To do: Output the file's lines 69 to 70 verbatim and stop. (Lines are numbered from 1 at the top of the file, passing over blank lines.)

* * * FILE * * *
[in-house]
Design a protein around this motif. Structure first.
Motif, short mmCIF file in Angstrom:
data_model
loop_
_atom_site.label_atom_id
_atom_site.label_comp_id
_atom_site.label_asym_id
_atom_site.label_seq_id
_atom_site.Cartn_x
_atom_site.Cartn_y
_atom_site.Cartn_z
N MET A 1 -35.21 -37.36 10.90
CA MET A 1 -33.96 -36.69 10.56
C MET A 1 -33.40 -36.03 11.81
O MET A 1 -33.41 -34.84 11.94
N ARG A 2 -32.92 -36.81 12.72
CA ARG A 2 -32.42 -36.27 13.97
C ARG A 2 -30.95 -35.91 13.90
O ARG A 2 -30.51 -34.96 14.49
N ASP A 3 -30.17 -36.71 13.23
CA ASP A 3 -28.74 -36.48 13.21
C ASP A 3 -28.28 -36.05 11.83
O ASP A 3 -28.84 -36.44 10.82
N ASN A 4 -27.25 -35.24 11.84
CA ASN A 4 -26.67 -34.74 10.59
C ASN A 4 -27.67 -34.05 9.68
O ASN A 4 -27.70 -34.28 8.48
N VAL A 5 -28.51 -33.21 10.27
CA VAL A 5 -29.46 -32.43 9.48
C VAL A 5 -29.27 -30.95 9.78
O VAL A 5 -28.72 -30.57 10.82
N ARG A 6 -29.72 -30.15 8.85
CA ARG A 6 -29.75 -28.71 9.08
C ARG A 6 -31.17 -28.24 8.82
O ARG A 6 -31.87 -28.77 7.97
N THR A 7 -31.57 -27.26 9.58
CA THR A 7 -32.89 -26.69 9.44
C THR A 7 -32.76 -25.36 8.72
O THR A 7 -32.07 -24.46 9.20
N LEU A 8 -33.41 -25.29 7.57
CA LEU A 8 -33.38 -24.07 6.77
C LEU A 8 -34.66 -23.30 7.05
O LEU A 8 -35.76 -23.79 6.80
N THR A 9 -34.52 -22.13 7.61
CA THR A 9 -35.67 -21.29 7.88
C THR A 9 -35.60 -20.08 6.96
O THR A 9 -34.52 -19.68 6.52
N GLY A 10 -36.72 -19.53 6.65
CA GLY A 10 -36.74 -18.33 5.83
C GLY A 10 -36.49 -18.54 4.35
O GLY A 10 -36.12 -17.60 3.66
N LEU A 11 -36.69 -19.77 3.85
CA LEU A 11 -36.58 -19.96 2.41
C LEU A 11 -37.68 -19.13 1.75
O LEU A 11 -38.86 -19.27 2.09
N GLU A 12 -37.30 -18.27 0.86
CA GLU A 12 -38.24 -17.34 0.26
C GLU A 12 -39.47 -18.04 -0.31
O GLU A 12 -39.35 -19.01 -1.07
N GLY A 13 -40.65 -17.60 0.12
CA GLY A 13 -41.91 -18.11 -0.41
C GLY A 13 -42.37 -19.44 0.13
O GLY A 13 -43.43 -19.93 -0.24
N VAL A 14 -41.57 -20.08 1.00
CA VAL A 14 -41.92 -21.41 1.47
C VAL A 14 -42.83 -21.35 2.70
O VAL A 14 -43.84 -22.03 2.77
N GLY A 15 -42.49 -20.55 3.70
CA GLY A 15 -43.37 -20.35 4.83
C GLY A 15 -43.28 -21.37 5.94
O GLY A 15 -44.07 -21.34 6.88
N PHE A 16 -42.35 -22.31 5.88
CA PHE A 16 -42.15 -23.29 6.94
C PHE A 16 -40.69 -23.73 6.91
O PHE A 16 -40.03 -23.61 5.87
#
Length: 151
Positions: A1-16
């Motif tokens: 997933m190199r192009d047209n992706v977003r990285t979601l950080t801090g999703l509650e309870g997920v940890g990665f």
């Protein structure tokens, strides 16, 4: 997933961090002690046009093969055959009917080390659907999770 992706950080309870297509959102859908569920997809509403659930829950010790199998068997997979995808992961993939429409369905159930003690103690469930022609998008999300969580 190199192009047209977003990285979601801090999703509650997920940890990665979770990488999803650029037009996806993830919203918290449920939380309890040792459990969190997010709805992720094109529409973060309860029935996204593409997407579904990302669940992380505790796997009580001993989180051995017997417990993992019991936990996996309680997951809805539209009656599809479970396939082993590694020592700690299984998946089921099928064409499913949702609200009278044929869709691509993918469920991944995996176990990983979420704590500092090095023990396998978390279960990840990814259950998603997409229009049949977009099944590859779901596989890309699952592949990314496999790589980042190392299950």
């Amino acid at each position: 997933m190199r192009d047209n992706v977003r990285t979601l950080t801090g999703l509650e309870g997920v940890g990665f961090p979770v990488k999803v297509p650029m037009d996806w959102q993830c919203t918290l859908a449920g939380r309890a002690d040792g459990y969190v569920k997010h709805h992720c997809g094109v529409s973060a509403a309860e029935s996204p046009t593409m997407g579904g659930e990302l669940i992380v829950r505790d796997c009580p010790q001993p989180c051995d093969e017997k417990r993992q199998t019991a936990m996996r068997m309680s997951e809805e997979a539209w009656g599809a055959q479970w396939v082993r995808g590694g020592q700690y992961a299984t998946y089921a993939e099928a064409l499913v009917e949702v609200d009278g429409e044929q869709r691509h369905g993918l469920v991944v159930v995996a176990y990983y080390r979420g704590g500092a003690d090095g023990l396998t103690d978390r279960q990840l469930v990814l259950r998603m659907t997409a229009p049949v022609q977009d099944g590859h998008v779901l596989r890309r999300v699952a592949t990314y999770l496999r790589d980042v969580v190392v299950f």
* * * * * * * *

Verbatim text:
N GLY A 15 -42.49 -20.55 3.70
CA GLY A 15 -43.37 -20.35 4.83